Carbon CMO, Dara Treseder, shares how partnership has scaled technological breakthroughs
Global sporting brand adidas first partnered with digital manufacturing startup, Carbon, to create the first performance footwear crafted with light and oxygen in 2017.
“It’s funny because we often hear big brands and companies say ‘we want to be innovative; we want to partner with startups; we have an open-source platform,’” says Carbon’s Chief Marketing Officer, Dara Treseder. “But it’s often not true. With adidas, it’s completely true.”
In April 2017, adidas unveiled FUTURECRAFT 4D, the world’s first high performance footwear featuring midsoles crafted with light and oxygen using Digital Light SynthesisTM, a technology pioneered by Carbon.
The two companies are continuing to revolutionize the footwear industry by creating a 3D printed midsole – the first of its kind – the latest iteration of which releases next week: the ALPHAEDGE 4D shoe.
“ALPHAEDGE 4D is a high-performance running shoe featuring the adidas 4D midsole, which is crafted with light and oxygen using Carbon’s DLS technology,” says Treseder. “This shoe really leverages adidas’s extensive archive of computational athletic data to create a digitally-tuned midsole which is precisely engineered to meet the performance needs of those looking to gain an edge in their sport through running and training.”
For Carbon, the partnership with adidas has been the best of both worlds. In adidas, they have found a partner that shares their commitment to innovation, sustainability, and creating a digitally-tuned high-performance product.
“They understand that innovation is dynamic and that being a partner means working through challenges,” says Treseder. “It’s been a brilliant partnership. It’s not a case of a large company taking advantage of a smaller company’s innovation. It’s a true partnership with mutual benefits.”
The original intention of the partnership was to leverage a new way of creating products through Digital Light Synthesis, or DLS — a software-controlled chemical reaction that uses light, oxygen, and programmable liquid resins to manufacture high-quality parts. Carbon and adidas first came together to apply this technology to running shoes, leveraging adidas’s extensive archive of computational data to craft a product finely-tuned to meet the needs of high-performance athletes.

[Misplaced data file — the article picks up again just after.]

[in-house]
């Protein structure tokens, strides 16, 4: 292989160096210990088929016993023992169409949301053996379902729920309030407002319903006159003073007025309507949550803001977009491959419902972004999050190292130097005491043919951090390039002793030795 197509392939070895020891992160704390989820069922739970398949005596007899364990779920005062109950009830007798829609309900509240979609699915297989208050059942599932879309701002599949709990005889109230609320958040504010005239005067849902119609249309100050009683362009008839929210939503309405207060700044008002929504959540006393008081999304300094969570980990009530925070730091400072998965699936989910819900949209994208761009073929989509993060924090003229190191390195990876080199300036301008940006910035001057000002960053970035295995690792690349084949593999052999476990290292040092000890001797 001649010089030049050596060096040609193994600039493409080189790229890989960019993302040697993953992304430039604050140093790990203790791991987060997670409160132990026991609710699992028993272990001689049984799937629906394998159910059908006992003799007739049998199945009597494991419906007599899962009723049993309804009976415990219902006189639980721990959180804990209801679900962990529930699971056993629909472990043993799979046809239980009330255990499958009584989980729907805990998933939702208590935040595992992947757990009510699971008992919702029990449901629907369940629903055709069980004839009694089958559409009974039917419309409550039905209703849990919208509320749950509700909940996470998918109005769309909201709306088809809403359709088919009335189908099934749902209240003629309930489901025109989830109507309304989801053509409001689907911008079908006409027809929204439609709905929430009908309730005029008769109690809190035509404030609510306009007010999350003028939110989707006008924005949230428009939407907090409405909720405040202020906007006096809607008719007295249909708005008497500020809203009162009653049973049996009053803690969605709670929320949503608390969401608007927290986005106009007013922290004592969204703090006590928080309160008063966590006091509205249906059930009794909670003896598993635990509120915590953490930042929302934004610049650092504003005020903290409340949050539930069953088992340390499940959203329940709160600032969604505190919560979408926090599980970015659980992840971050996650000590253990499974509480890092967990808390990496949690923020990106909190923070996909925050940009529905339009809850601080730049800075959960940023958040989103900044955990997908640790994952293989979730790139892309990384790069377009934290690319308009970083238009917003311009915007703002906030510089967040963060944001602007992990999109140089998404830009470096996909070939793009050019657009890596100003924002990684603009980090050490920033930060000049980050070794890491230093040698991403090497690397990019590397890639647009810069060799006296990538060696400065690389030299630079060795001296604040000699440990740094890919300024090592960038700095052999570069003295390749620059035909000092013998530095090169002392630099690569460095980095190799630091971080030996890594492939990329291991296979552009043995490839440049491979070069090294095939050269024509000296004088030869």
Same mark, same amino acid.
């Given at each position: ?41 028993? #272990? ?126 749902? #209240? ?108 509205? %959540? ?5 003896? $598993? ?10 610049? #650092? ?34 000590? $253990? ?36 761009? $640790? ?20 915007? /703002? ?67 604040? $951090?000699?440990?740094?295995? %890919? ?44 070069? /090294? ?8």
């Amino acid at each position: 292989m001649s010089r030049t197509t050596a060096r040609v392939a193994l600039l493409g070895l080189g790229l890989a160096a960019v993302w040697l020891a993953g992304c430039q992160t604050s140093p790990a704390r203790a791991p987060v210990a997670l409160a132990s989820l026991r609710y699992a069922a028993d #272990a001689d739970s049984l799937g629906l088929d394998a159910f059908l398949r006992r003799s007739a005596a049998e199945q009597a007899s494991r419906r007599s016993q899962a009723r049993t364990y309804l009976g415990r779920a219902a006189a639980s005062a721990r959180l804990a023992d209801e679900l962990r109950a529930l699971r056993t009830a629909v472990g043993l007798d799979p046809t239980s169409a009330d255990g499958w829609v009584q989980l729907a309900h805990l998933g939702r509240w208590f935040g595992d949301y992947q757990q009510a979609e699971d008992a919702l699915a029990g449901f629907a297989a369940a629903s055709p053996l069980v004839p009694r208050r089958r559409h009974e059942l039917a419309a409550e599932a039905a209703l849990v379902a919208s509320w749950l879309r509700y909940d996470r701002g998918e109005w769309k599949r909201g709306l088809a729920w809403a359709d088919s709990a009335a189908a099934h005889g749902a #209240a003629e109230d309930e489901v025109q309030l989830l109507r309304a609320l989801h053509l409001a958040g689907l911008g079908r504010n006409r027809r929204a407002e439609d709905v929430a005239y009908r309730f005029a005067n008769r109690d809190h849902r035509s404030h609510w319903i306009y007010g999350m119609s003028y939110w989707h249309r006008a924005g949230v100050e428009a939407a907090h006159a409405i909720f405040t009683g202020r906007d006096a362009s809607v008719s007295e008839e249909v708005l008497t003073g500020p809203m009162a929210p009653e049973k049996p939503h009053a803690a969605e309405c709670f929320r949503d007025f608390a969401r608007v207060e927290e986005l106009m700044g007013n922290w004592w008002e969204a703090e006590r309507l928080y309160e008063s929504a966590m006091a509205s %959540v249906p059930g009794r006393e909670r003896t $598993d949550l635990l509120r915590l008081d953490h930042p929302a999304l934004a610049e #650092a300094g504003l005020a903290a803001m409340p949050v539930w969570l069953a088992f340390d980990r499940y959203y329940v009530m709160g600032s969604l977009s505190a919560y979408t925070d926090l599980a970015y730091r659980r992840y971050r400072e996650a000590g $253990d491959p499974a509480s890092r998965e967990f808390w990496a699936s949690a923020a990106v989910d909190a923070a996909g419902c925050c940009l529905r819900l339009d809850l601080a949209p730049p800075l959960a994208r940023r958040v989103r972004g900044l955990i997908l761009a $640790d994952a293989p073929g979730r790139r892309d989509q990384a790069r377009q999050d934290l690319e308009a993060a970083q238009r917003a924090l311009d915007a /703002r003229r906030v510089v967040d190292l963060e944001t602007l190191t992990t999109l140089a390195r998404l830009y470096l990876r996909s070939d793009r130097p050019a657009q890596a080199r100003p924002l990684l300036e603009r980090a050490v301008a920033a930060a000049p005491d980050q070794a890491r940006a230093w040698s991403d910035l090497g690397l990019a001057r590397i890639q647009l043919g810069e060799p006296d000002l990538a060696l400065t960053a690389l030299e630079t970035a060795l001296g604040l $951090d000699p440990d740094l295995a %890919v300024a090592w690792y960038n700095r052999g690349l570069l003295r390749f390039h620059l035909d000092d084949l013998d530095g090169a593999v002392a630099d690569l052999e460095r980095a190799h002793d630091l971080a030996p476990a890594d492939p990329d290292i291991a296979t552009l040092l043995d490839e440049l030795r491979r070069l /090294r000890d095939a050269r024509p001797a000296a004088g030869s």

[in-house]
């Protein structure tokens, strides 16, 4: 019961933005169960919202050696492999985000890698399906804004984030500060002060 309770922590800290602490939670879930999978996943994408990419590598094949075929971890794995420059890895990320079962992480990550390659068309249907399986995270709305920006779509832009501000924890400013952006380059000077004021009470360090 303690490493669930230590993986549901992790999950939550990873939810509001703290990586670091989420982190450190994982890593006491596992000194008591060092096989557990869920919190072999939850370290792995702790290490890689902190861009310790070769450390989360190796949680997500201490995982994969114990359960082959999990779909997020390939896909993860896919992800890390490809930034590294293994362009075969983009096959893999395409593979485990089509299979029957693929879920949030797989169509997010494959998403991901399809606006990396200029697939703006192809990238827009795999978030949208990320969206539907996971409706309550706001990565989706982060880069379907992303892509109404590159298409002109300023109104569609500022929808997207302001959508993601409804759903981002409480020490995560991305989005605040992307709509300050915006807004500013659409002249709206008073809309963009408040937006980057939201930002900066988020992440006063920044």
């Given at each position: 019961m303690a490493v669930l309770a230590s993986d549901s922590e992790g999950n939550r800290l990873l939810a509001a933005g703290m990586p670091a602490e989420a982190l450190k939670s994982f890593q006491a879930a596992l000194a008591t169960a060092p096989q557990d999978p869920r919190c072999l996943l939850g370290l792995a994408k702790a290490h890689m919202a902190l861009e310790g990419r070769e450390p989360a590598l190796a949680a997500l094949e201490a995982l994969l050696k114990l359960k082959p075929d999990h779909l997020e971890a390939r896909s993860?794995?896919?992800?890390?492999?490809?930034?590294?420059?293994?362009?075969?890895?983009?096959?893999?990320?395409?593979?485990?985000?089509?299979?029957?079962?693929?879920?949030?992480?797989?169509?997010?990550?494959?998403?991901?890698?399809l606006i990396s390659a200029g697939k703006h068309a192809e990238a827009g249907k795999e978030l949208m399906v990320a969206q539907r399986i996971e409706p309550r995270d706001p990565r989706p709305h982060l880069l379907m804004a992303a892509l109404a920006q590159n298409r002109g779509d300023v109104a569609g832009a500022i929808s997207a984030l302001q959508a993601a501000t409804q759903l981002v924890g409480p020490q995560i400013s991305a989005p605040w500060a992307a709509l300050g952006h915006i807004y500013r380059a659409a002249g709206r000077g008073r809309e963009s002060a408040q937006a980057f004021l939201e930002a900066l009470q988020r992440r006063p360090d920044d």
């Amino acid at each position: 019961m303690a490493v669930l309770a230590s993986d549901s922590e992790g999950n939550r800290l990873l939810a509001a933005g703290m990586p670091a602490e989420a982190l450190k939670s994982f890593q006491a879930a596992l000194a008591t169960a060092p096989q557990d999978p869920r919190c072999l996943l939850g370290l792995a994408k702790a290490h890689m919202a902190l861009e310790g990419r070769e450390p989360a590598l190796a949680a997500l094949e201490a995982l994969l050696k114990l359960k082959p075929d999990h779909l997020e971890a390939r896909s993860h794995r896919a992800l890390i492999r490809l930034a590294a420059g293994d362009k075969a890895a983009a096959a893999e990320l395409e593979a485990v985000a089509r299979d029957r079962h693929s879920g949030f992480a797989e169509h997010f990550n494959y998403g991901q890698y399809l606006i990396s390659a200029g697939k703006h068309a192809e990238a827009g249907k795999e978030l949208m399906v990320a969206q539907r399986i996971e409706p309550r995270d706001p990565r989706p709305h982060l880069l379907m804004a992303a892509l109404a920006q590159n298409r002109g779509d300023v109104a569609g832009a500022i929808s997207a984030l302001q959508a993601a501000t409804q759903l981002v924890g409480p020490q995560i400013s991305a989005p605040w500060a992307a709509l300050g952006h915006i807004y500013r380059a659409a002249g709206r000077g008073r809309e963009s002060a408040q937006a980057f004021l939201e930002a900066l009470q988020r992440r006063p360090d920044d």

While Carbon’s DLS technology has been ground-breaking in its own right, their longstanding partnership with adidas has allowed them to operate on a scale never before possible for a 3D printing company.
“The 4D midsole, the direct-printed midsole, is one of the largest applications of a direct 3D-printed consumer product in history,” says Treseder. “Our ability to do this type of high-volume production in factory settings has been catalyzed by this partnership. It has really helped us with not only having the technological breakthrough but also scaling it up.”
Incorporating Inclusion in Innovation
Clearly, both Carbon and adidas prioritize innovation — but they also share a dedication to inclusion.
“Diversity starts at the top,” says Treseder, pointing to Carbon Founder and CEO, Joseph DeSimone’s history of advocating for diversity and inclusion in STEM long before he founded the company.
“Our CEO was committed to diversity even before he started Carbon. He was very adamant as a professor at the University of North Carolina – Chapel Hill that his program emphasized diversity. He graduated 80 individuals from PhD programs and half of them were from underrepresented groups in science, technology, engineering, and math. This view really impacts how our company operates.”
For example, conference rooms in the company are named after pioneers in science and technology with special attention given to women and people of color who’ve made significant contributions to the fields.
“We must embrace diversity and inclusion because diversity without inclusion is nothing,” adds Treseder. “It doesn’t matter if we have diverse people if we don’t create an environment that allows them to thrive.”
Carbon employs inclusive recruiting practices, like partnering with Lesbians Who Tech, a nonprofit that works to foster inclusivity of queer women in technology. Carbon also established employee resource groups to assist with success and inclusion in the workplace. Their ERG for people of color will be attending AfroTech 2019.
adidas believes that sport has the power to change lives. The partnership with Carbon is an opportunity to bring together diverse perspectives and scale innovations that creates meaningful change for athletes and creators today.
“We’re super excited,” says Treseder. “I think we’ve really been able to accomplish and achieve things that we’ve only sort of dreamt about in the 3D printing space.”
Tomorrow night, adidas and Carbon will co-host a private event ahead of the 2019 AfroTech Conference to bring together employees from both companies and adidas-sponsored students from the Bay Area. The goal of the event will be to share experiences and foster productive conversations about diversity and inclusion in tech.
“I’m really proud of what we’ve accomplished [with adidas], and I think the commitment from both companies is strong,” says Treseder. “Just a few weeks ago, our CEOs were meeting in Germany talking about what’s next. We’re really excited about what we’ve been able to accomplish together, and we’re committed to continuing to work together to create products to surprise and delight our customers.”
To learn more and connect with employees and leadership from both companies, visit the adidas booth (#G3) during AfroTech this weekend.
This piece is brought to you in partnership with Adidas.